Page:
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Pilonidal Disease

In pilonidal disease, a lesion called a coccygeal or pilonidal cyst develops in the sacral area. The cyst­which usually contains hair - becomes infected and commonly produces an abscess, a draining sinus, or a fistula. Generally, a pilonidal cyst produces no symptoms until it becomes infected. The incidence is highest among hirsute, white men ages 18 to 30.


The exact reason why pilonidal disease occurs is still unclear. Possible causes include:

  • Some people are born with small holes or pits near the base of the spine. These are in fact enlarged hair follicles, which when subjected to friction and motion, are injured and disrupted so the hair pokes through the wall of the follicle into the surrounding skin setting up a foreign body reaction.
  • Neighbouring hairs or free hairs from other parts of the body collect in the pit and invade the small opening created by the distorted hair follicles.
  • Skin and perineal bacteria such as Staphylococcus aureus and Bacteroides species invade the opening and cause infection.

Signs and Symptoms

Investigation of the patient's history may turn up one or more predisposing factors for pilonidal disease. Typically, the patient complains of localized pain, tenderness, swelling, and heat over the affected area. He may also describe continuous or intermittent purulent drainage. If the infection is severe enough, signs and symptoms include chills, fever, headache, and malaise.

On inspection, you may detect a series of openings along the midline, with thin, brown, foul-smelling drainage or a protruding tuft of hair. Palpation of the area may produce purulent drainage, if the drainage isn't already continuous.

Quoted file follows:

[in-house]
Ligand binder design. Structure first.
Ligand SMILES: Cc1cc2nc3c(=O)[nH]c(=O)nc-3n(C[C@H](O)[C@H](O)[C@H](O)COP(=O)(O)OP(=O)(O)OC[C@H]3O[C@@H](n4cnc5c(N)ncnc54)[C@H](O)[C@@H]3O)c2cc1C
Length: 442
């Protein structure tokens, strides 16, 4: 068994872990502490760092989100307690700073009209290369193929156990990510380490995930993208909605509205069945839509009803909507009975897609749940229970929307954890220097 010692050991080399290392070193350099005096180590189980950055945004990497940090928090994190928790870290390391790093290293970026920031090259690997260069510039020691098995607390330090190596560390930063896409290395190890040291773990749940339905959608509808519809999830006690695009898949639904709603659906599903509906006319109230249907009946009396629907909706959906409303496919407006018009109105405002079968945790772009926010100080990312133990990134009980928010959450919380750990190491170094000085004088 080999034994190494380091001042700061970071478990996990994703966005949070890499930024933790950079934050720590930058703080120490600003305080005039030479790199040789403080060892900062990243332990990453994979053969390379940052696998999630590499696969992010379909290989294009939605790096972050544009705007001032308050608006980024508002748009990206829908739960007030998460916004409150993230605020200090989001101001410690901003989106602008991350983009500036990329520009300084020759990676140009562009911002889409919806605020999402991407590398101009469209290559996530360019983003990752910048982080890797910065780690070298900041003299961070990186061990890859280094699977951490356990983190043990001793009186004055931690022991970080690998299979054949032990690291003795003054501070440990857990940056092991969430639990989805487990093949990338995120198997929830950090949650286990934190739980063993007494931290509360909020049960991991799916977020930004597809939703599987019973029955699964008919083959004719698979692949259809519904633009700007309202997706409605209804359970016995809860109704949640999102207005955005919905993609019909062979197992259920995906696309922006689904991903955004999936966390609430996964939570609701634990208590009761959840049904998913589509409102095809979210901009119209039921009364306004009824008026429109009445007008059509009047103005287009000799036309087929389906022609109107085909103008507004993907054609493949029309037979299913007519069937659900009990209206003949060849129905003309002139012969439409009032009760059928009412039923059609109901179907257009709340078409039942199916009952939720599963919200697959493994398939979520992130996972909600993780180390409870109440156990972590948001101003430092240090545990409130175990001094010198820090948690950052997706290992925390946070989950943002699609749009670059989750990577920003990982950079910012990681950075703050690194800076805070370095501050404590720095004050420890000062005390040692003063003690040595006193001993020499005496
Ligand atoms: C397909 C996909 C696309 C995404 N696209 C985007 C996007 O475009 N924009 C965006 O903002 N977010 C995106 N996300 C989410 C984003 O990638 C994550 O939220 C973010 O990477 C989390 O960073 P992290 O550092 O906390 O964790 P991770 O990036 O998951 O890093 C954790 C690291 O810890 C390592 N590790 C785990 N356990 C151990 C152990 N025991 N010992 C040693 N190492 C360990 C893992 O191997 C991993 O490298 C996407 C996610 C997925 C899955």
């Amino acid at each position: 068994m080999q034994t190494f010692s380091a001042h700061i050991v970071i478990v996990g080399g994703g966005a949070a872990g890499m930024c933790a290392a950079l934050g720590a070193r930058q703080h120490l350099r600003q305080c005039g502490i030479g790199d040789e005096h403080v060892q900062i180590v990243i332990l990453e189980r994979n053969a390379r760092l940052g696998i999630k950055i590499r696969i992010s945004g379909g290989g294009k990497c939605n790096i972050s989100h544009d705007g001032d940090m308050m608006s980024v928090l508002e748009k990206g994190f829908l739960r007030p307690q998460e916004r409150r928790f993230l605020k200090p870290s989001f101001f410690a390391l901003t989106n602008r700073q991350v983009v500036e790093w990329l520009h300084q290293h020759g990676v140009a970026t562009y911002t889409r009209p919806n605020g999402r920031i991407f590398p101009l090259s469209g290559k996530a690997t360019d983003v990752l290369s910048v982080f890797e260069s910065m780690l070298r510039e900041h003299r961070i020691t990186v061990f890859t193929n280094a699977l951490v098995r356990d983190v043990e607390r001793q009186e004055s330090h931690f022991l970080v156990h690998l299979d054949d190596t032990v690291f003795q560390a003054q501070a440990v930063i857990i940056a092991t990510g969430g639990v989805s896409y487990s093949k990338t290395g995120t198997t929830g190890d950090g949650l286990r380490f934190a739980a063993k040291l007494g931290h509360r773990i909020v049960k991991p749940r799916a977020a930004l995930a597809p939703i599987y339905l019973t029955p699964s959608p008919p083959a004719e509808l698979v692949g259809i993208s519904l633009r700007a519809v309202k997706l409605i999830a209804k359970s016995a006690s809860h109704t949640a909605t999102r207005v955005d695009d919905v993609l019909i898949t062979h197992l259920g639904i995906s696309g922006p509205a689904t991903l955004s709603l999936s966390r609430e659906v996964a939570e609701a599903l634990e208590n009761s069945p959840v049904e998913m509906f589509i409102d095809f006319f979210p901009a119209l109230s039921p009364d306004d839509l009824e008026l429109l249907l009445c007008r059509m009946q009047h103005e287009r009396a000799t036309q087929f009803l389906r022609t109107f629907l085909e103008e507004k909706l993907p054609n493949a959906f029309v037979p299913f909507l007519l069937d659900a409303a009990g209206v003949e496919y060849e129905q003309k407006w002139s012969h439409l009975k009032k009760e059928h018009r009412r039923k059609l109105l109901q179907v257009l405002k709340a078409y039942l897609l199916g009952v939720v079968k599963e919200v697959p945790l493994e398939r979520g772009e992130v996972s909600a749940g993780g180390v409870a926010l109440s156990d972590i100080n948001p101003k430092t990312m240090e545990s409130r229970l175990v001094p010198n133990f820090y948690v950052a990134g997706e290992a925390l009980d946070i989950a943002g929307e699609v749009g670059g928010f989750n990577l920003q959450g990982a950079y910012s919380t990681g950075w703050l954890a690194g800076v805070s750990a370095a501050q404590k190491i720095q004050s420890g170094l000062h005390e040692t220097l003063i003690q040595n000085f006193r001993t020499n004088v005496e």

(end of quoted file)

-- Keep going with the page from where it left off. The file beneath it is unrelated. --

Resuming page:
Diagnostic tests

Cultures of discharge from the infected cyst may show Staphylococci or skin bacteria; the discharge doesn't usually contain bowel bacteria.


Conservative measures consist of incision and drainage of abscesses, regular extraction of protruding hairs, and sitz baths (four to six times per day). However, persistent infections may result in abscess formation and require surgical excision of the infected area.

After excision of a pilonidal abscess, the patient requires regular follow-up care to monitor wound healing. The surgeon may periodically palpate the wound during healing with a cotton-tipped applicator, curette excess granulation tissue, and extract loose hairs to promote wound healing from the inside out and to prevent dead cells from collecting in the wound. Complete healing can take several months.

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